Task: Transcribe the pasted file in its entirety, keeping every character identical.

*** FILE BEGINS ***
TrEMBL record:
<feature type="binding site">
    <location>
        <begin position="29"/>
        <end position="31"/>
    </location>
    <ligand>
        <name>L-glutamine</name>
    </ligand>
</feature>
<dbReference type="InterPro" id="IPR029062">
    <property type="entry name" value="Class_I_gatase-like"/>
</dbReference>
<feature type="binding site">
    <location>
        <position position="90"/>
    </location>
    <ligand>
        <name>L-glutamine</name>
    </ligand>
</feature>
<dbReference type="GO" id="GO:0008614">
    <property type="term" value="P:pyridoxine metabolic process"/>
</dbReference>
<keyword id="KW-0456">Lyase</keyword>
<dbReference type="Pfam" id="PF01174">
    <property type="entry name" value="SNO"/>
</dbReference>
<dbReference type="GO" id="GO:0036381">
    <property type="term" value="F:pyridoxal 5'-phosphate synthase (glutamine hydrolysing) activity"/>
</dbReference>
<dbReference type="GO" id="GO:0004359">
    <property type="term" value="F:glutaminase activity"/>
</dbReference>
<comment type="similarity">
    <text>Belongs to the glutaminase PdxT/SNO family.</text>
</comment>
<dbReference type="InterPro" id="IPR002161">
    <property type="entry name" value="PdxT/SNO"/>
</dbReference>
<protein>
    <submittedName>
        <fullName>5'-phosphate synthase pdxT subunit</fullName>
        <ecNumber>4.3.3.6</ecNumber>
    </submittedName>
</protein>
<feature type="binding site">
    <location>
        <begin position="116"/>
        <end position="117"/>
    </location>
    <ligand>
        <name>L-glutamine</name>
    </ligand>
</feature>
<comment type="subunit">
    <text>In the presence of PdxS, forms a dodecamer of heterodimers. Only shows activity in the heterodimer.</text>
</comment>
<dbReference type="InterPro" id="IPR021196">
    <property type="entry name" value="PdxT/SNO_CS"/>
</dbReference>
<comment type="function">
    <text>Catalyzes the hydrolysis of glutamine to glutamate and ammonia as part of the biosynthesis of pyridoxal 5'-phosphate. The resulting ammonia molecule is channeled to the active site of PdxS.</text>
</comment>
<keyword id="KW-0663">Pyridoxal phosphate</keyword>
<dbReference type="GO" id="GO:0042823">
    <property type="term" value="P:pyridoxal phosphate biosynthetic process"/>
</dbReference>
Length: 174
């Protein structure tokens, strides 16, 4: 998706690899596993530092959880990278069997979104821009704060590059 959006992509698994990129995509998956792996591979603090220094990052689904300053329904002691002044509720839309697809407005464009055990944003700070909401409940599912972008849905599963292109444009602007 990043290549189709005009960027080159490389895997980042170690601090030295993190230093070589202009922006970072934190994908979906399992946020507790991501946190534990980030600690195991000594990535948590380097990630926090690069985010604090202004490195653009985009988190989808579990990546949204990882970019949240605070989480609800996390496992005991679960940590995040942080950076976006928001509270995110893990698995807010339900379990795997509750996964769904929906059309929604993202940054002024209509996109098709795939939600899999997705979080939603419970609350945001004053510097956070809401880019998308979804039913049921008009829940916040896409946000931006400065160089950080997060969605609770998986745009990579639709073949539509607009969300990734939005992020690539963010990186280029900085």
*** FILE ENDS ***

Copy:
TrEMBL record:
<feature type="binding site">
    <location>
        <begin position="29"/>
        <end position="31"/>
    </location>
    <ligand>
        <name>L-glutamine</name>
    </ligand>
</feature>
<dbReference type="InterPro" id="IPR029062">
    <property type="entry name" value="Class_I_gatase-like"/>
</dbReference>
<feature type="binding site">
    <location>
        <position position="90"/>
    </location>
    <ligand>
        <name>L-glutamine</name>
    </ligand>
</feature>
<dbReference type="GO" id="GO:0008614">
    <property type="term" value="P:pyridoxine metabolic process"/>
</dbReference>
<keyword id="KW-0456">Lyase</keyword>
<dbReference type="Pfam" id="PF01174">
    <property type="entry name" value="SNO"/>
</dbReference>
<dbReference type="GO" id="GO:0036381">
    <property type="term" value="F:pyridoxal 5'-phosphate synthase (glutamine hydrolysing) activity"/>
</dbReference>
<dbReference type="GO" id="GO:0004359">
    <property type="term" value="F:glutaminase activity"/>
</dbReference>
<comment type="similarity">
    <text>Belongs to the glutaminase PdxT/SNO family.</text>
</comment>
<dbReference type="InterPro" id="IPR002161">
    <property type="entry name" value="PdxT/SNO"/>
</dbReference>
<protein>
    <submittedName>
        <fullName>5'-phosphate synthase pdxT subunit</fullName>
        <ecNumber>4.3.3.6</ecNumber>
    </submittedName>
</protein>
<feature type="binding site">
    <location>
        <begin position="116"/>
        <end position="117"/>
    </location>
    <ligand>
        <name>L-glutamine</name>
    </ligand>
</feature>
<comment type="subunit">
    <text>In the presence of PdxS, forms a dodecamer of heterodimers. Only shows activity in the heterodimer.</text>
</comment>
<dbReference type="InterPro" id="IPR021196">
    <property type="entry name" value="PdxT/SNO_CS"/>
</dbReference>
<comment type="function">
    <text>Catalyzes the hydrolysis of glutamine to glutamate and ammonia as part of the biosynthesis of pyridoxal 5'-phosphate. The resulting ammonia molecule is channeled to the active site of PdxS.</text>
</comment>
<keyword id="KW-0663">Pyridoxal phosphate</keyword>
<dbReference type="GO" id="GO:0042823">
    <property type="term" value="P:pyridoxal phosphate biosynthetic process"/>
</dbReference>
Length: 174
């Protein structure tokens, strides 16, 4: 998706690899596993530092959880990278069997979104821009704060590059 959006992509698994990129995509998956792996591979603090220094990052689904300053329904002691002044509720839309697809407005464009055990944003700070909401409940599912972008849905599963292109444009602007 990043290549189709005009960027080159490389895997980042170690601090030295993190230093070589202009922006970072934190994908979906399992946020507790991501946190534990980030600690195991000594990535948590380097990630926090690069985010604090202004490195653009985009988190989808579990990546949204990882970019949240605070989480609800996390496992005991679960940590995040942080950076976006928001509270995110893990698995807010339900379990795997509750996964769904929906059309929604993202940054002024209509996109098709795939939600899999997705979080939603419970609350945001004053510097956070809401880019998308979804039913049921008009829940916040896409946000931006400065160089950080997060969605609770998986745009990579639709073949539509607009969300990734939005992020690539963010990186280029900085």